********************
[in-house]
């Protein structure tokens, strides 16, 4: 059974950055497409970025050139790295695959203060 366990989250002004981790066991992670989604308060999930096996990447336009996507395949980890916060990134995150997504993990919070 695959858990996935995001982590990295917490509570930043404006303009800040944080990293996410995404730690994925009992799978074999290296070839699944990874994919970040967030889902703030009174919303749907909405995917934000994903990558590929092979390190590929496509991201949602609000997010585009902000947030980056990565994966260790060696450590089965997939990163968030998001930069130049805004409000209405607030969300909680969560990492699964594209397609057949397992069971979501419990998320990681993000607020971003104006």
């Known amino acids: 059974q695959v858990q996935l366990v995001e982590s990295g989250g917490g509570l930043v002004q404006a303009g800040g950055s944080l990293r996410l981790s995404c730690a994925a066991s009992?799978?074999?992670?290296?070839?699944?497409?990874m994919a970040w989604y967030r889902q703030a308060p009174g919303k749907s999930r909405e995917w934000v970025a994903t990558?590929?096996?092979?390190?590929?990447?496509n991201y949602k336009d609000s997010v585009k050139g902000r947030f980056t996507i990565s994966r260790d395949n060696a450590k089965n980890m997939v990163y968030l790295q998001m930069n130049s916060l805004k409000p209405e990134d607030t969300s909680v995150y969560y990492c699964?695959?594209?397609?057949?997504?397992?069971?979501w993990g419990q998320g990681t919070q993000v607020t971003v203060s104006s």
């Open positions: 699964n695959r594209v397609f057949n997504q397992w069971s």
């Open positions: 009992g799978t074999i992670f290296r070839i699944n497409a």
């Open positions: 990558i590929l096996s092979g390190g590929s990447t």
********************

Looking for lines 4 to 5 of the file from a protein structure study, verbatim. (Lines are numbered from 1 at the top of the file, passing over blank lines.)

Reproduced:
């Open positions: 699964n695959r594209v397609f057949n997504q397992w069971s």
């Open positions: 009992g799978t074999i992670f290296r070839i699944n497409a």